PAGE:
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Acknowledging a set point doesn’t mean giving up, but it does mean realizing the obstacles you face.

Expect to hit a plateau in your own fitness results[2]. When you expect a plateau, you can manage around it so you can continue your progress at a more realistic rate. When expectations meet reality, you can avoid dietary crashes.

4. Eat Healthy, Not Just Food That Looks Healthy

Know what you eat. Don’t fuss over minutia like whether you’re getting enough Omega 3’s or tryptophan, but be aware of the big things. Look at the foods you eat regularly and figure out whether they are healthy or not. Don’t get fooled by the deceptively healthy snacks just pretending to be good for you.

The basic nutritional advice includes:

  • Eat unprocessed foods
  • Eat more veggies
  • Use meat as a side dish, not a main course
  • Eat whole grains, not refined grains[3]

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Eat whole grains when you want to learn how to get in shape.

    5. Watch Out for Travel

    Don’t let a four-day holiday interfere with your attempts when you’re learning how to get in shape. I don’t mean that you need to follow your diet and exercise plan without any excursion, but when you are in the first few weeks, still forming habits, be careful that a week long break doesn’t terminate your progress.

    This is also true of schedule changes that leave you suddenly busy or make it difficult to exercise. Have a backup plan so you can be consistent, at least for the first month when you are forming habits.

    If travel is on your schedule and can’t be avoided, make an exercise plan before you go[4], and make sure to pack exercise clothes and an exercise mat as motivation to keep you on track.

    6. Start Slow

    Ever start an exercise plan by running ten miles and then puking your guts out? Maybe you aren’t that extreme, but burnout is common early on when learning how to get in shape. You have a lifetime to be healthy, so don’t try to go from couch potato to athletic superstar in a week.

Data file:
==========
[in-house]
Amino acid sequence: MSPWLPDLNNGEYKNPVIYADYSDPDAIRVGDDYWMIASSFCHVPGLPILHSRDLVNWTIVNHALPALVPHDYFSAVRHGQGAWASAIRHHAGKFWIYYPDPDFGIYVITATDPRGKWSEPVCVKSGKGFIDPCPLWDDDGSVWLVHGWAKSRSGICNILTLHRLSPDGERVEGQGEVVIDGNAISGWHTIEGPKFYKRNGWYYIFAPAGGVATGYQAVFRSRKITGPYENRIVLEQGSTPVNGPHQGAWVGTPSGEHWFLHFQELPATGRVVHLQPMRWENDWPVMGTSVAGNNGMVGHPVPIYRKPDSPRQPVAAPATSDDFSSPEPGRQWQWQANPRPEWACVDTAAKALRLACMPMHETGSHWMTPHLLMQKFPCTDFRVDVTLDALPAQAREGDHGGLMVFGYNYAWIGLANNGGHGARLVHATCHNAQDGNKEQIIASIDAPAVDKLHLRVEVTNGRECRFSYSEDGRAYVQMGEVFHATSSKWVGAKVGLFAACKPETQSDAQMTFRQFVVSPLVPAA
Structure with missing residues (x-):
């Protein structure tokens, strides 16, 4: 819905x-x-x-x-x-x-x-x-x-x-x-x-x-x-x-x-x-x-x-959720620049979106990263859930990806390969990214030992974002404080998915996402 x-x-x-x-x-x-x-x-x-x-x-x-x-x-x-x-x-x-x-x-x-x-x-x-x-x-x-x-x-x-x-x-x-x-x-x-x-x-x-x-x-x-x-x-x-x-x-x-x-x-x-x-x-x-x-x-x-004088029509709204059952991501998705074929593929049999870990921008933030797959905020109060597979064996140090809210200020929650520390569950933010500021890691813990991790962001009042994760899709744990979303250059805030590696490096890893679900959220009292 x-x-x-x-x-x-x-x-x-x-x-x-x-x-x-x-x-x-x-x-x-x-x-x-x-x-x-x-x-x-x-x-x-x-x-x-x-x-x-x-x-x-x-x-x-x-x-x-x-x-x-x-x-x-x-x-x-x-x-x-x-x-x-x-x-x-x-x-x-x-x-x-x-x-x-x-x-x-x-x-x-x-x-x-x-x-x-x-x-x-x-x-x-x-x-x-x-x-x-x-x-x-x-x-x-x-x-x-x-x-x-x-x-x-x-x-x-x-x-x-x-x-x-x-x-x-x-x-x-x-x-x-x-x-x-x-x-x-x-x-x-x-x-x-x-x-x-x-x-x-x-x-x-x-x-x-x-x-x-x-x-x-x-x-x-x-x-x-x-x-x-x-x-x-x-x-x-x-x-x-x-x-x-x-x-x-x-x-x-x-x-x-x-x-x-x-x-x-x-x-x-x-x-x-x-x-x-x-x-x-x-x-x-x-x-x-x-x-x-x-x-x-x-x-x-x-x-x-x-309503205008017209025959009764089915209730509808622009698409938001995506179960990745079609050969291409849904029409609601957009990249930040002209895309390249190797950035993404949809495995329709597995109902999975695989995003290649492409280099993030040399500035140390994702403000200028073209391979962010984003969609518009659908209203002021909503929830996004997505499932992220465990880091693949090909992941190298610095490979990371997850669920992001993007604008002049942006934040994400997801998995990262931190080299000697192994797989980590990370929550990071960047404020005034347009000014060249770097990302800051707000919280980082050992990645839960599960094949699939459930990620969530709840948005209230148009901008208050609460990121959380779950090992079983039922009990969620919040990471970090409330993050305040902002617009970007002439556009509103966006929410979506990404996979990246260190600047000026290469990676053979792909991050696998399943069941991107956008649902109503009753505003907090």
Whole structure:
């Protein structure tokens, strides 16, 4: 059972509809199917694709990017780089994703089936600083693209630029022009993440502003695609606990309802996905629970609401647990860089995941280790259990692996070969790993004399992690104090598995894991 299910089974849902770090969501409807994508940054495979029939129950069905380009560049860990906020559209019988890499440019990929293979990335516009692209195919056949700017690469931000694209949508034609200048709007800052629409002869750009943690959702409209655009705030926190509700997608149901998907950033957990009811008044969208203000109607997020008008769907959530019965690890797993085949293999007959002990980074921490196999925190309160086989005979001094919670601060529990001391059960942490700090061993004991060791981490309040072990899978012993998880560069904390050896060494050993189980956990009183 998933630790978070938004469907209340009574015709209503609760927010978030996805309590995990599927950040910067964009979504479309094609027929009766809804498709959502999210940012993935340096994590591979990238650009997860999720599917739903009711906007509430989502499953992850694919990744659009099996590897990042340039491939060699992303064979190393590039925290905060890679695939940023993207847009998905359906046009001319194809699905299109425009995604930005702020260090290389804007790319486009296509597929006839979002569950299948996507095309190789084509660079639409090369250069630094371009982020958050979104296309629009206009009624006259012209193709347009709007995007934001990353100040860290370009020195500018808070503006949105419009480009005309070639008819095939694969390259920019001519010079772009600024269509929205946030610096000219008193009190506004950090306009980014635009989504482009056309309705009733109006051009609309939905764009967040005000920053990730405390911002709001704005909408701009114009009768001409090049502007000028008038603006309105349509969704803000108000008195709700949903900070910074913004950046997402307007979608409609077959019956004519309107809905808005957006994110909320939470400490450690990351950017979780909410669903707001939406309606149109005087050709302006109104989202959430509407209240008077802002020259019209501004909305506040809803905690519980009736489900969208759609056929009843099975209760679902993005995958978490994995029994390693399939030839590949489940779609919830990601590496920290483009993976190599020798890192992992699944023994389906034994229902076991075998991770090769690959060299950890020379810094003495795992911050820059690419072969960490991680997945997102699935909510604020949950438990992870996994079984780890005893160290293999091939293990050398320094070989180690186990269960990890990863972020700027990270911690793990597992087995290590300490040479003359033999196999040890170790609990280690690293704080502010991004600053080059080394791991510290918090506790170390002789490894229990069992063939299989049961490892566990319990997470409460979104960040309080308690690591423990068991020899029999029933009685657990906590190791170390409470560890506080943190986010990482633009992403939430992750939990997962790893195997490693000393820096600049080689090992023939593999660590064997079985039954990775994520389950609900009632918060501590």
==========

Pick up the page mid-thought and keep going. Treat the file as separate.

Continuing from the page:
If you are starting a running regime, for example, run less than you can to start. Starting strength training? Work with less weight than you could theoretically lift. Increasing intensity and pushing yourself can come later when your body becomes comfortable with regular exercise.

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    7. Be Careful When Choosing a Workout Partner

    Should you have a workout partner? That depends. Workout partners can help you stay motivated and make exercising more fun. But they can also stop you from reaching your goals.

    My suggestion would be to have a workout partner, but when you start to plateau (either in physical ability, weight loss/gain, or overall health) and you haven’t reached your goals, consider mixing things up a bit.

    If you plateau, you may need to make changes to continue improving. In this case it’s important to talk to your workout partner about the changes you want to make, and if they don’t seem motivated to continue, offer a thirty day break where you both try different activities.

    I notice that guys working out together tend to match strength after a brief adjustment phase. Even if both are trying to improve, something seems to stall improvement once they reach a certain point. I found that I was able to lift as much as 30-50% more after taking a short break from my regular workout partner.

    Final Thoughts

    Learning how to get in shape in as little as two weeks sounds daunting, but if you’re motivated and have the time and energy to devote to it, it’s certainly possible.

    Find an exercise routine that works for you, eat healthy, drink lots of water, and watch as the transformation begins.

    More Tips on Getting in Shape

    Featured photo credit: Alexander Redl via unsplash.com

    Reference